Wilkes’ fault-finding of Karen Pryor’s book, Don’t Shoot the Dog, isn’t particularly accurate. It said you can teach an animal to do anything they are physically and emotionally capable of achieving. I found her book made a point of a saying a dog could change/control their own behavior every bit as reliably (and perhaps more so) to earn rewards as to avoid punishment. Punishment often gives a false impression of improved behavior due to the overall suppression of behavior, which is not always permanent. Aversives do have potential for more side affects than reward based training. Karen Pryor is not the only person to say these things. Many authors with more actual dog training experience are saying the same things.
And speaking of Pryor’s experience in marine mammal and other not-dog training – why would we assume her training expertise is invalid because its not dogs. Dogs learn by the same processes as every other species. If zoo trainers can teach an orangutan to take a small urine sample cup, pee into the cup and then hand it back without spilling it – well I just think it shouldn’t be too hard to teach the family dog not to jump on people. If you really want to understand the complexities of training other animals, check out Kathy Sdao’s blog about E.T. the Walrus.
Weighing in at two tons, hormone-laden E.T. could easily have killed any of his handlers and had killed other exhibit marine mammals. Using reward based training and some environmental enrichment, E.T. was transformed from a dangerous bully to a talented boy. One of his behaviors was to voluntarily permit a blood draw. Kathy is fond of saying you learn what is possible in reward based training when you can’t punish the animal because it might kill you.
Wilkes says the four assumptions are “neither scientific nor true”, yet provides no science to prove them wrong. He says the assumptions of “all positive” training are not applicable to predatory beasts like dogs. So I guess the other predatory zoo animals trained with reward based training are some kind of anomaly. You know the ones – lions, tigers and bears, oh my.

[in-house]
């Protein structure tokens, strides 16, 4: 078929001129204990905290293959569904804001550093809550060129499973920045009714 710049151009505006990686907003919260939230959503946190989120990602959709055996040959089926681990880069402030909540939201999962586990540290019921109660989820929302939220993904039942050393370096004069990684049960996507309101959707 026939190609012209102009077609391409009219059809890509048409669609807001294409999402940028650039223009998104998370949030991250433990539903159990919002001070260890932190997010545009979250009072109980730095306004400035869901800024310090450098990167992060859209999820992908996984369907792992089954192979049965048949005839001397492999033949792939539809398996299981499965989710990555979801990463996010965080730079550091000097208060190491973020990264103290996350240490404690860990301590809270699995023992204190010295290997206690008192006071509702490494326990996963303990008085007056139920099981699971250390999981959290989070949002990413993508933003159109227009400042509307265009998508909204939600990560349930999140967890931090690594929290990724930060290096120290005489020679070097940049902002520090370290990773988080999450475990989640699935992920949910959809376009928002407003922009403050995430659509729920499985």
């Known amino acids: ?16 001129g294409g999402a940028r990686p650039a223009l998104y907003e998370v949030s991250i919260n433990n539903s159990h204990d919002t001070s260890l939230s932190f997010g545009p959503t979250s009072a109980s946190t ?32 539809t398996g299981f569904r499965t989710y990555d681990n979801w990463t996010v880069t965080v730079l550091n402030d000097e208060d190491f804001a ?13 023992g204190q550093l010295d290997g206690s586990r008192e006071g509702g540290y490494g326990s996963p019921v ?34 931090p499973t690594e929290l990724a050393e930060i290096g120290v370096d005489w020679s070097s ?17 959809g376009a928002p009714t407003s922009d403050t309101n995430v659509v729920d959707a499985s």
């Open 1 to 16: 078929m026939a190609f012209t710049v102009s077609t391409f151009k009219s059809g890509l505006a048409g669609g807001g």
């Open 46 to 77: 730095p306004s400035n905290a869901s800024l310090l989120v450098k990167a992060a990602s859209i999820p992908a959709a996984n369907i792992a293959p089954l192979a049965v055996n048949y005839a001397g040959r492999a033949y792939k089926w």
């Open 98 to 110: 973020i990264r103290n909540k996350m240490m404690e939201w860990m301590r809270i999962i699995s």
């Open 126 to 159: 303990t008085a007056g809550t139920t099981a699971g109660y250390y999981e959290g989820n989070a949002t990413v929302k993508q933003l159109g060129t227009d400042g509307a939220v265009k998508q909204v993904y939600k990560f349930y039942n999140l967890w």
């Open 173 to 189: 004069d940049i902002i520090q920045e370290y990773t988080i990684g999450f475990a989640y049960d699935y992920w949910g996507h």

Wilkes unfairly describes the thinking of reward-based trainers in very all or nothing terms. He also alludes to his reality where the “advanced clicker trainers” have only trained a few dogs. I have used aversives, but only when I ran out of reward-based options and only to the minimum extent necessary to create an opening for reward based solutions.
Bob Bailey talks about people who say they had to use punishment because “nothing else worked”. When pressed for what they had tried, they only tried 2 or 3 options before resorting to punishment. I can think of ten different ways to teach a dog not to rush the door or jump on guests. Doesn’t it behoove us to try most of them before bonking the dog?
Wilkes’ blanket statement, “only aversive control is capable of stopping a dog from being a dog when it feels like it” is not true. If teaching a terrier not to chase squirrels is the gold standard, sorry Wilkes - its been done. In fact the opportunity to bark at squirrels became the reward one owner used in agility training her terrier on her way to a MACH. The chief difficulty with this kind of training is controlling the squirrel resource.